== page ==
Report Cites Politicized Hiring at Justice Dept.
By ERIC LICHTBLAU
Published: January 13, 2009
WASHINGTON — A former senior official at the Justice Department routinely hired conservatives, Republicans and so-called RTA’s — “Right-Thinking Americans — for what were supposed to be apolitical posts and gave them plum assignments on important civil rights cases, an internal report found Tuesday.
The former official, Bradley Schlozman, who helped lead the civil rights division from 2003 until he resigned in the fall of 2007 amid a political uproar over broad charges of politicization at the department, also gave false statements to Congress in denying that he had taken politics into account in his hiring and personnel decisions, the report found.
The investigation, conducted by the department’s inspector general and its office of professional responsibility, is the fourth and last in a series of reports since last year detailing the use of improper political considerations in hiring decisions at the department. The investigations grew out of the controversy over the firings of eight United States attorneys, which led to the 2007 resignation of Attorney General Alberto Gonzales.
Mr. Schlozman was a senior political appointee in the civil rights division who eventually became the acting head of the division, which is responsible for enforcing federal laws on voting rights, racial and gender discrimination, fair housing and other issues. Investigators found that his own e-mail messages, along with interviews with more than 120 current and former employees, made clear that Mr. Schlozman tried to re-shape the office in a more conservative bent by hiring some 64 people — two-thirds of all the hires in the division — who were considered Republican or conservative.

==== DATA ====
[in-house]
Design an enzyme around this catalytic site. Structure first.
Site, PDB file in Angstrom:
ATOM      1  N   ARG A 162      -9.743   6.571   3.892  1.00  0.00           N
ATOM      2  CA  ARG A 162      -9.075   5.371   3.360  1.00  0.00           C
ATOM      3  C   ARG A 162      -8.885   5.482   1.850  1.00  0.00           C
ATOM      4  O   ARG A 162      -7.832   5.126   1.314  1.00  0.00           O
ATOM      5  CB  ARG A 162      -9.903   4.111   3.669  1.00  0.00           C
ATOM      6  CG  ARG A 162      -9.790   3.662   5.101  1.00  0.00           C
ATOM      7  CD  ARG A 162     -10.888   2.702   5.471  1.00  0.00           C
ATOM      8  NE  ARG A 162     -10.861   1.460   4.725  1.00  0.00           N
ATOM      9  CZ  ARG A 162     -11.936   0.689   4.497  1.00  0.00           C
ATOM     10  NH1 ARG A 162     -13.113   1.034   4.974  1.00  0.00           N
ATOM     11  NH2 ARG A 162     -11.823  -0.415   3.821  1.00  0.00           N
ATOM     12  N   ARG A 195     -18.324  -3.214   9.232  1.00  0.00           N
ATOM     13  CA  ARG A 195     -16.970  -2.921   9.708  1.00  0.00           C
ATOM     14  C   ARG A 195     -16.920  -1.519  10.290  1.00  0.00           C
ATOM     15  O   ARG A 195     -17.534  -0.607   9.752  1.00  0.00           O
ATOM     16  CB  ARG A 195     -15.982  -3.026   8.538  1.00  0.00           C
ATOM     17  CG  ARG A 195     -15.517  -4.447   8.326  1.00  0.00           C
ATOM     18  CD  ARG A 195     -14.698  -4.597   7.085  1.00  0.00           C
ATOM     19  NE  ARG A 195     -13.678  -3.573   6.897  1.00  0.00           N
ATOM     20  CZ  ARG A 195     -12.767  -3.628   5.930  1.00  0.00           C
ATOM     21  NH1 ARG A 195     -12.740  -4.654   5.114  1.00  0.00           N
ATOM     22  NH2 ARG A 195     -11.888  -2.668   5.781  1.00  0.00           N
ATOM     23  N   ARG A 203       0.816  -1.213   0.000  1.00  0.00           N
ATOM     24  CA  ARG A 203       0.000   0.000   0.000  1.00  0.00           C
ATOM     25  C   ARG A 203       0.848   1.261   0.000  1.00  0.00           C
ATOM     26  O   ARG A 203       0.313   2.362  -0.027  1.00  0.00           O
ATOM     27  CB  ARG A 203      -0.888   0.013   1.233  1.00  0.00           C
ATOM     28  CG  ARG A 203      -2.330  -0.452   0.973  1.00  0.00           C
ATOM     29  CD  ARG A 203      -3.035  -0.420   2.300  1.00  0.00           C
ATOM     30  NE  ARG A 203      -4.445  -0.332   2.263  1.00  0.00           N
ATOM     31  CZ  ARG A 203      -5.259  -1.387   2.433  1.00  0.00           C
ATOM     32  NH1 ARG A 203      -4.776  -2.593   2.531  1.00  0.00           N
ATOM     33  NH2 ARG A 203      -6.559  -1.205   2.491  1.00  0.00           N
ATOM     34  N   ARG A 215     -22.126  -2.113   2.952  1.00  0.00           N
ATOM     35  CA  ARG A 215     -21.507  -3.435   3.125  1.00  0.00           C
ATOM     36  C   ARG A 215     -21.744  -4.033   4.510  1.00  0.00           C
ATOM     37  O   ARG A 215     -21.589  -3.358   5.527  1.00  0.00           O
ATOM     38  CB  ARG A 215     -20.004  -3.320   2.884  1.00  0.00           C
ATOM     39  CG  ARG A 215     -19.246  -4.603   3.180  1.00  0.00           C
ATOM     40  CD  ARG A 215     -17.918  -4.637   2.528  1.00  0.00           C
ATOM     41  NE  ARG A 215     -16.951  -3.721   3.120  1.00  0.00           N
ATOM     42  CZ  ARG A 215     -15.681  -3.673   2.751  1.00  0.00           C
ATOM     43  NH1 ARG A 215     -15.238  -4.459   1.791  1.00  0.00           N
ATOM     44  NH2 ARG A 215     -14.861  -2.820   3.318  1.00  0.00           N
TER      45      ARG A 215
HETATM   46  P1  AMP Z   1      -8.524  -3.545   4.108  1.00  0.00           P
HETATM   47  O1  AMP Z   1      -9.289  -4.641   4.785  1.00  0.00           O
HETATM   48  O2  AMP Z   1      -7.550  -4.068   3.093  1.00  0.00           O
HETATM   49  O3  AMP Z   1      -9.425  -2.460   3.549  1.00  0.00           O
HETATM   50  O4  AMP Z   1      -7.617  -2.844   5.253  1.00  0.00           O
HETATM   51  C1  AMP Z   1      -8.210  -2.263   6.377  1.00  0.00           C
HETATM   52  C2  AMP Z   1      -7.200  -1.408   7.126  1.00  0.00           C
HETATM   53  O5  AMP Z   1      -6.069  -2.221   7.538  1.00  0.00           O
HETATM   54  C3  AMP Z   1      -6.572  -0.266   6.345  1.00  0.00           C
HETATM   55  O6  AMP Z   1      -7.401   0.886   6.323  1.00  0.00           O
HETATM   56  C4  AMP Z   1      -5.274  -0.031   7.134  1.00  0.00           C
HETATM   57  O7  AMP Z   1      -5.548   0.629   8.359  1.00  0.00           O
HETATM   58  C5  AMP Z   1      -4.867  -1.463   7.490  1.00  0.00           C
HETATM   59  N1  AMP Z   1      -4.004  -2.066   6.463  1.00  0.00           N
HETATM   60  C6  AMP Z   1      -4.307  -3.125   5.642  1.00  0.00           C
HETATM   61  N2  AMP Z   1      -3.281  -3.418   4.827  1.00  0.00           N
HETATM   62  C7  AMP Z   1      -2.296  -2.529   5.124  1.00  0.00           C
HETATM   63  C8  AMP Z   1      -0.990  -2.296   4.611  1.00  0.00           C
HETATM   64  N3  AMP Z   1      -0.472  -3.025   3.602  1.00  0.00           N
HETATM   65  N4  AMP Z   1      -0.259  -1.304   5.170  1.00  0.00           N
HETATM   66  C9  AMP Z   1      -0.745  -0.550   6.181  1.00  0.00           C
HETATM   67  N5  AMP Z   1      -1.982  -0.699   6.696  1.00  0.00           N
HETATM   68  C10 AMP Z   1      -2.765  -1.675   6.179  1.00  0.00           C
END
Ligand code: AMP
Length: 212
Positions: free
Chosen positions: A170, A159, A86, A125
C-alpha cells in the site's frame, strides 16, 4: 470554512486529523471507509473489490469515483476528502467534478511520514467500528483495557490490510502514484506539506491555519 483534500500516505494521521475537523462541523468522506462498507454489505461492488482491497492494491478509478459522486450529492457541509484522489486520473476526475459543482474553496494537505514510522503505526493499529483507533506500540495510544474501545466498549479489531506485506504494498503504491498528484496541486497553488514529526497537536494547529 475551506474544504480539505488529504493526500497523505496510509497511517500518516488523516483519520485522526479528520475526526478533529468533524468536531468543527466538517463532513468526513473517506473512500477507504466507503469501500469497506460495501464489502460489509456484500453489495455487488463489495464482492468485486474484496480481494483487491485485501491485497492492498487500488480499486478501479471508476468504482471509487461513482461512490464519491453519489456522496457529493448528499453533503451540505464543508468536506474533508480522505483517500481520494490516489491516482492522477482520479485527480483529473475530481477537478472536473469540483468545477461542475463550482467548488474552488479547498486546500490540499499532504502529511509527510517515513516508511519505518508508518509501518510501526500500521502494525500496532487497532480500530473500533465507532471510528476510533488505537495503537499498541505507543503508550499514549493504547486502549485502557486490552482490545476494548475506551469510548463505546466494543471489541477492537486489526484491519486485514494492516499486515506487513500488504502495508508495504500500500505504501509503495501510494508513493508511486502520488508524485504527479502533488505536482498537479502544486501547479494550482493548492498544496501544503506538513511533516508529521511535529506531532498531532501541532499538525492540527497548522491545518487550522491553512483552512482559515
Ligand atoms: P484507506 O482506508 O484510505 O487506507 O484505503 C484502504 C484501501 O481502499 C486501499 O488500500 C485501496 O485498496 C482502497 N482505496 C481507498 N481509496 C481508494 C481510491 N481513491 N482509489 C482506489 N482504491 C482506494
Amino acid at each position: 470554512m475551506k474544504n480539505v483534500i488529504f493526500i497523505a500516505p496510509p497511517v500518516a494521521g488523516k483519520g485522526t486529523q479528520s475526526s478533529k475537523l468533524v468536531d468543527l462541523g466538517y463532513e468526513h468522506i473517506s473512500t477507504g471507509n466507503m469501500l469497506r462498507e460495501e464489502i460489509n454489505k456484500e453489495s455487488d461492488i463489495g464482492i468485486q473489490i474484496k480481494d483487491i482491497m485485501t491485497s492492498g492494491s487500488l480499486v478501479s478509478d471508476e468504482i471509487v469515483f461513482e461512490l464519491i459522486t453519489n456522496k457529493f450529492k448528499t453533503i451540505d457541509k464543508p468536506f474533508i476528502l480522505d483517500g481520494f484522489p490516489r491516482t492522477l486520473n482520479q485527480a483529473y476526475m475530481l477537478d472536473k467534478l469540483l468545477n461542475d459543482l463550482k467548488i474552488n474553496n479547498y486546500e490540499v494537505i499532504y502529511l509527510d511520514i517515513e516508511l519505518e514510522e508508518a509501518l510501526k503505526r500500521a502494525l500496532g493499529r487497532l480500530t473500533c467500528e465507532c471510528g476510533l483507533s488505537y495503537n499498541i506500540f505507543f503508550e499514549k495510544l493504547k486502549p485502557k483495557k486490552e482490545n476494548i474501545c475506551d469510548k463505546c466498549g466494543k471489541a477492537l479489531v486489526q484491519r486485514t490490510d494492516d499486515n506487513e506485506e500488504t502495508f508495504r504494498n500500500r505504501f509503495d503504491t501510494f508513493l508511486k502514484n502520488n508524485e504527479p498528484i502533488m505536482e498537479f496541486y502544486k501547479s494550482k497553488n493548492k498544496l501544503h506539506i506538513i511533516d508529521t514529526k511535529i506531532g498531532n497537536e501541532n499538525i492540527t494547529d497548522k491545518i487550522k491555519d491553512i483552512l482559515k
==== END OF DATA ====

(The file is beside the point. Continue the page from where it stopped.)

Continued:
He would also steer important assignments to lawyers he considered conservative. In an e-mail message about an appellate case, for instance, Mr. Schlozman said he did not want certain lawyers on the case. “The potential stakes are too great to entrust this to either a lib or an idiot,” he wrote.
Mr. Schlozman declined to speak with investigators as part of the review. Because he left the department, he is not subject to internal disciplining. Investigators referred the matter for possible criminal prosecutions based on accusations of false statements to Congress, but prosecutors last week declined to bring charges, the report said.
The department said Tuesday that it had taken internal steps to correct the “institutional problems” identified in the report and was confident they would not recur.
“The mission of the Justice Department is the evenhanded application of the Constitution and the laws enacted under it, and that mission has to start with the evenhanded application of the laws within our own department,” said Peter Carr, a department spokesman. “As today’s report makes clear, Mr. Schlozman deviated from that strict standard.”